Some of you have asked for a description of my typical work day. I haven’t written about it because there isn’t one. Maybe that’s because I’m not a very well-organized person. Even though I’m highly attracted to the allure of structure and regimen, I rarely am able to live by it more than a few minutes.
But since I can’t think of anything to write about—and I currently have a dearth of questions from you guys—here goes.
Depending on what I’m doing, sometimes I go in to the office to work; sometimes I telecommute and work from home. Today is a work from home day, partly because I want to catch up on some query and manuscript reading. That’s easier to do at home, where I have easy access to hot chocolate and candy. Plus I can scrunch up on my couch and hang my head backward over the edge of the seat. This position sends plenty of blood to my brain, facilitating good solid literary analysis and encouraging hair growth.
7:00 a.m.—Start my work day. Check my e-mail to see if any of my authors have like, gone crazy or something over the weekend. No. Good. But I have 6 spam messages, a potential author checking on my progress in reading their manuscript, and a tirade from my daughter arguing about who was right: dooce or Kensington. Just as I’m about to hit send on my reply to both author and daughter, my internet goes down. Unplug and replug everything and messages go out. Then I take a kid to school.
8:00 a.m.—Go to open submissions file (Excel) where I track who sent what and when and all that, and I hit the Word icon instead. That’s okay, because I wrote some rejection letters over the weekend and I need to print them out and mail them anyway. However, instead of bringing up an empty document file, it brings up a file I backed up last time I used it. That’s weird. I click on the Open New icon and it brings up another copy of that same file. Again. And again. Uh-oh. Do I have a virus? Run my virus software while filing some contracts and organizing my desk. Nothing shows up. Can’t deal with this, so I’ll just ignore it.
9:00 a.m.—These aren’t the rejection letters I wrote last weekend. I think I mailed these already. Not sure. Now here’s a dilemma. Do I print and send and hope I didn’t do that already? (Note: If everyone sent a SASE, it would be easy to match them up and figure this out. Look at log. Neither of these authors sent a SASE.)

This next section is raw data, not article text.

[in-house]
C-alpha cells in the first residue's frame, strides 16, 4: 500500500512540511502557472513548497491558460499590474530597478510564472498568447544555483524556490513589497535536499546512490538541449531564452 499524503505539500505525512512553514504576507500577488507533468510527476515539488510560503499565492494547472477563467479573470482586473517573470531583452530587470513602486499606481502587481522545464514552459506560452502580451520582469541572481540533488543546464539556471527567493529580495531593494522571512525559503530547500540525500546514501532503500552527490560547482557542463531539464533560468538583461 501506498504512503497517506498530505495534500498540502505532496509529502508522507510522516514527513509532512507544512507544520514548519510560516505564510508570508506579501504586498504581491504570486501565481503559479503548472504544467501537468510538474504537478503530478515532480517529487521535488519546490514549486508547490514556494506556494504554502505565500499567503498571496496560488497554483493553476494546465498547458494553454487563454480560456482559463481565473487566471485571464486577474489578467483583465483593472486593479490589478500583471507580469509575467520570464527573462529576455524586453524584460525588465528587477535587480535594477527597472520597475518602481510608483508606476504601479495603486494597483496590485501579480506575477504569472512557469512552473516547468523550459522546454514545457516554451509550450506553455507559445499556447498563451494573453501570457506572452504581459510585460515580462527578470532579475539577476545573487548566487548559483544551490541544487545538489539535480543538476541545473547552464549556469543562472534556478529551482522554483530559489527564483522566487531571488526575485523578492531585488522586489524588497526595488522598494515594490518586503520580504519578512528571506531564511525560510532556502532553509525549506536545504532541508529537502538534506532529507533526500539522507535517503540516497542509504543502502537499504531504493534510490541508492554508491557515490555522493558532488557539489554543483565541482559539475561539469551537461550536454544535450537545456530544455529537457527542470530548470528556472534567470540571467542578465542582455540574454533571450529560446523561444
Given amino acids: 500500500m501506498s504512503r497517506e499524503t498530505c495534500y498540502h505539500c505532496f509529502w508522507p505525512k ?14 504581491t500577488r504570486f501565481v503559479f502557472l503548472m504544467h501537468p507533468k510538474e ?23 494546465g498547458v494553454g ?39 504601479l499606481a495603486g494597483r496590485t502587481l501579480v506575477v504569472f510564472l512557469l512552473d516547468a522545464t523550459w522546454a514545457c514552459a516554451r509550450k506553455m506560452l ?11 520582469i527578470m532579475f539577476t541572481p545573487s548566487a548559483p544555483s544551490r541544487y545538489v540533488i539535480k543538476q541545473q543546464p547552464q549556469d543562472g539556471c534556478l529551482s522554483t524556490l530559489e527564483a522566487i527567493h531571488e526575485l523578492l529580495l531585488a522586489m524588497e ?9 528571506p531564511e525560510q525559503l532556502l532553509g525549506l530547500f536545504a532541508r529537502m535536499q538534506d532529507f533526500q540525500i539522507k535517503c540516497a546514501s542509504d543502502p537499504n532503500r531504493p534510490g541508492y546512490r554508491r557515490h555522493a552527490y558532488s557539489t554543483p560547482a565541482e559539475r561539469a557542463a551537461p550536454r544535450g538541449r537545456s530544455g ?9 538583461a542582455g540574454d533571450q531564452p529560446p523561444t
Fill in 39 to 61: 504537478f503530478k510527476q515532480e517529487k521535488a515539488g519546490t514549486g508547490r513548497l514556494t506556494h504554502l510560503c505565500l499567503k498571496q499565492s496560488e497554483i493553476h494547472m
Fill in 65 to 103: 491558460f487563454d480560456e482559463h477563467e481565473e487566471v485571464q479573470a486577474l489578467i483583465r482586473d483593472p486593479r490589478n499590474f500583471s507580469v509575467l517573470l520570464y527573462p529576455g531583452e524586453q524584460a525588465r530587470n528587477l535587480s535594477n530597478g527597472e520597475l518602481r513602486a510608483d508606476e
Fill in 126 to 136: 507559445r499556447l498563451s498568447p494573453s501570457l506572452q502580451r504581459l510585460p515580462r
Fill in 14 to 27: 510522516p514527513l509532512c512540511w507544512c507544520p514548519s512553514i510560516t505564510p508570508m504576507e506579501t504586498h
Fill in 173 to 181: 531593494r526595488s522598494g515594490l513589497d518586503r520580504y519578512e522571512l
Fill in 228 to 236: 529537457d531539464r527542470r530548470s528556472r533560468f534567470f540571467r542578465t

9:05 a.m.—Phone rings. Confirming an appointment later this week.
9:10 a.m.—Phone rings. An author who has been working on a new book for the past 6 years tells me they’ve decided they don’t want to finish it. They have lots of really good reasons. And lots of ideas of what they want to write instead. Whatever. Send me an e-mail.
9:30 a.m.—Leave for doctor’s appointment. The other reason I am working from home today. 🙁
11:30 a.m.—Back home. Okay, which item in this vast pile of slush do I need to look at next? Do a fast sort into “Rejections” and “Maybes”. Okay, ready to start…
11:45 a.m.—Phone rings. Another author: Where is my royalty check? Shouldn’t it have arrived by now? I really, really needed it by this weekend or… (Like I can just wave my magic wand and get it to them.) Okay, I’ll see what I can do. (Wish my mother had not ingrained courtesy and politeness so deeply into my psyche.)
Check in at the office. Checks are going out tomorrow. Get involved in some other conversations with office staff. Get sidetracked by a printing project that was supposed to be finished today and is not. Have no idea when they will be done.
That reminds me of another project I need to finish. Darn! Completely forgot about that one. Well, they aren’t on the phone yelling at me yet, so maybe I have some time.